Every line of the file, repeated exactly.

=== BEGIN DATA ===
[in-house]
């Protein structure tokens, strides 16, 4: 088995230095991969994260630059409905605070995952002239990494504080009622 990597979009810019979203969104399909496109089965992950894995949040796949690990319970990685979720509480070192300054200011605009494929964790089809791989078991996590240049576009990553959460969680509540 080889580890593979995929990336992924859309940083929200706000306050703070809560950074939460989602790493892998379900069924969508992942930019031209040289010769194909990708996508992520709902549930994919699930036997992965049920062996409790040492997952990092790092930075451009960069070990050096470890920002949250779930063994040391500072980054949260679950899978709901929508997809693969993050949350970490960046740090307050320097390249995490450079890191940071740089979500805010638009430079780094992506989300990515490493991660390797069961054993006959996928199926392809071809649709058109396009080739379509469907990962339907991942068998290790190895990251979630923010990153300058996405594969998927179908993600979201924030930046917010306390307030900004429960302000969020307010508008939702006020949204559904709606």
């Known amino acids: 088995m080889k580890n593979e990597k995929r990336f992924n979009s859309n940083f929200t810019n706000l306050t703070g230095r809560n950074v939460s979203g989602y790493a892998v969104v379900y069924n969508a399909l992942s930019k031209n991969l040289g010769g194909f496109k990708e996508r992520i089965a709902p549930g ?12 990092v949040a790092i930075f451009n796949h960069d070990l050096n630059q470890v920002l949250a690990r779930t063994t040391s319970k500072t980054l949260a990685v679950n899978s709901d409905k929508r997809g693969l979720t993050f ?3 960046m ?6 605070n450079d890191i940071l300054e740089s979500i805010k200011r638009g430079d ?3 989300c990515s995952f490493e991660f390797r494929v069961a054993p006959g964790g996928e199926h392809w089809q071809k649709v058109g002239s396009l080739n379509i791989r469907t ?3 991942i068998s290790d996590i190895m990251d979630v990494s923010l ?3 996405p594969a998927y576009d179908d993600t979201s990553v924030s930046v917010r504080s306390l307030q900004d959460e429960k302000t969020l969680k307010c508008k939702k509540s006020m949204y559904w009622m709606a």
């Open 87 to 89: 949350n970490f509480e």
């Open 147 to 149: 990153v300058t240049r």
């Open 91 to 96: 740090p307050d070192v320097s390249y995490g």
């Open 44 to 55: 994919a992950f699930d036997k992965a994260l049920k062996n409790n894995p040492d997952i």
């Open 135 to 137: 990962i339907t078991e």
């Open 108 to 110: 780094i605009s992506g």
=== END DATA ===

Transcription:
[in-house]
């Protein structure tokens, strides 16, 4: 088995230095991969994260630059409905605070995952002239990494504080009622 990597979009810019979203969104399909496109089965992950894995949040796949690990319970990685979720509480070192300054200011605009494929964790089809791989078991996590240049576009990553959460969680509540 080889580890593979995929990336992924859309940083929200706000306050703070809560950074939460989602790493892998379900069924969508992942930019031209040289010769194909990708996508992520709902549930994919699930036997992965049920062996409790040492997952990092790092930075451009960069070990050096470890920002949250779930063994040391500072980054949260679950899978709901929508997809693969993050949350970490960046740090307050320097390249995490450079890191940071740089979500805010638009430079780094992506989300990515490493991660390797069961054993006959996928199926392809071809649709058109396009080739379509469907990962339907991942068998290790190895990251979630923010990153300058996405594969998927179908993600979201924030930046917010306390307030900004429960302000969020307010508008939702006020949204559904709606």
């Known amino acids: 088995m080889k580890n593979e990597k995929r990336f992924n979009s859309n940083f929200t810019n706000l306050t703070g230095r809560n950074v939460s979203g989602y790493a892998v969104v379900y069924n969508a399909l992942s930019k031209n991969l040289g010769g194909f496109k990708e996508r992520i089965a709902p549930g ?12 990092v949040a790092i930075f451009n796949h960069d070990l050096n630059q470890v920002l949250a690990r779930t063994t040391s319970k500072t980054l949260a990685v679950n899978s709901d409905k929508r997809g693969l979720t993050f ?3 960046m ?6 605070n450079d890191i940071l300054e740089s979500i805010k200011r638009g430079d ?3 989300c990515s995952f490493e991660f390797r494929v069961a054993p006959g964790g996928e199926h392809w089809q071809k649709v058109g002239s396009l080739n379509i791989r469907t ?3 991942i068998s290790d996590i190895m990251d979630v990494s923010l ?3 996405p594969a998927y576009d179908d993600t979201s990553v924030s930046v917010r504080s306390l307030q900004d959460e429960k302000t969020l969680k307010c508008k939702k509540s006020m949204y559904w009622m709606a």
């Open 87 to 89: 949350n970490f509480e």
């Open 147 to 149: 990153v300058t240049r």
């Open 91 to 96: 740090p307050d070192v320097s390249y995490g």
């Open 44 to 55: 994919a992950f699930d036997k992965a994260l049920k062996n409790n894995p040492d997952i």
């Open 135 to 137: 990962i339907t078991e």
């Open 108 to 110: 780094i605009s992506g």